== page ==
Google Summer of Code is a program that gives post-secondary student developers around the world (ages 18 and older) stipends to work on various open source software design projects. With today's announcement, Google is looking to encourage promising young programmers to "flip bits, not burgers" this summer! The experience of learning to work with others in complex development environments is crucial as students get ready to enter the real workforce. Since it's inception in 2005, the program has had over 6,000 student participants and 3000 mentors from over 100 countries around the world. Learning computer science or engineering at a University can prove to be very different from the type of work after school. The major difference between school and work is that getting 80% might cut it for the grade, but not a client or your boss in the real world. The days of programming till dawn to get a piece of code sort of working for class that day are over. Young engineers must learn to work well with others in teams (and during regular hours), on often tight deadlines! In school mostly every program you work on, no matter how simple or complex, was likely 100% written by you. Working at tech companies like Google or Microsoft, developers normally contribute to larger projects with many other programmers. And that's why Google is offering the Summer of Code, knowing how important it for these young students to learn how to work together and create something awesome this summer! These scholars get to further their development in areas of their academic pursuit, gain real-world exposure plus receive offers for employment down the road. So if you're an aspiring young developer or know somebody that is, this could be a great opportunity to look into.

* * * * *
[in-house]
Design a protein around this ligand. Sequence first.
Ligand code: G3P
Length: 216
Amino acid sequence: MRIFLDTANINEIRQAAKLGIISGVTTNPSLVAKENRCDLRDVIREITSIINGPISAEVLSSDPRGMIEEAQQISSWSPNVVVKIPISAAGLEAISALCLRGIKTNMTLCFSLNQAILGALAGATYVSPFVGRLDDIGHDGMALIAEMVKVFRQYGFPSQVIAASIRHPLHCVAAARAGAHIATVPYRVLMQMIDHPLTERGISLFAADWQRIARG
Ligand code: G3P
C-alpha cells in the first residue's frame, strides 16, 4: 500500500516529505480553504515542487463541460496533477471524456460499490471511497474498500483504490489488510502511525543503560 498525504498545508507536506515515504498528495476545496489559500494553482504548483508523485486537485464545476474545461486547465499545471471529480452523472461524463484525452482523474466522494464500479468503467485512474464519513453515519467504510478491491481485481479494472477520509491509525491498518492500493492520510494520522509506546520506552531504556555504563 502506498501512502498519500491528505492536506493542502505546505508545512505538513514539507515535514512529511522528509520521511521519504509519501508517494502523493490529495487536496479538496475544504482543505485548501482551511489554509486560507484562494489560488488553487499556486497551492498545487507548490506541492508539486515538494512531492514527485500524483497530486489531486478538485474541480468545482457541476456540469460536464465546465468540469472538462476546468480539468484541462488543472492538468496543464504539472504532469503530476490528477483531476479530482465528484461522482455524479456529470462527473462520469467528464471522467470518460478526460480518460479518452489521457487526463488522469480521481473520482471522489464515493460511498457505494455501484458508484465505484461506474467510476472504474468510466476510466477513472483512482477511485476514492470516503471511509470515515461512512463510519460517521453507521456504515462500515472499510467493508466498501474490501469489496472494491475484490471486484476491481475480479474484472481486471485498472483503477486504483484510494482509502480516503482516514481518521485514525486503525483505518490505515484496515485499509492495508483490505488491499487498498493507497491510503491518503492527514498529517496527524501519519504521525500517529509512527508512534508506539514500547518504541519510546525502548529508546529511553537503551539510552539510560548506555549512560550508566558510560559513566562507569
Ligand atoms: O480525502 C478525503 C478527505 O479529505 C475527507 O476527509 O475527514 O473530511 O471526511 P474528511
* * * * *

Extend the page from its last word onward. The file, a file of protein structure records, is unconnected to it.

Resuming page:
Daniel is a social network architect, web developer, infographic designer, writer, speaker and founder of DashBurst. Full-time futurist and part-time content curator, always on the hunt for disruptive new technology, creative art and web humor.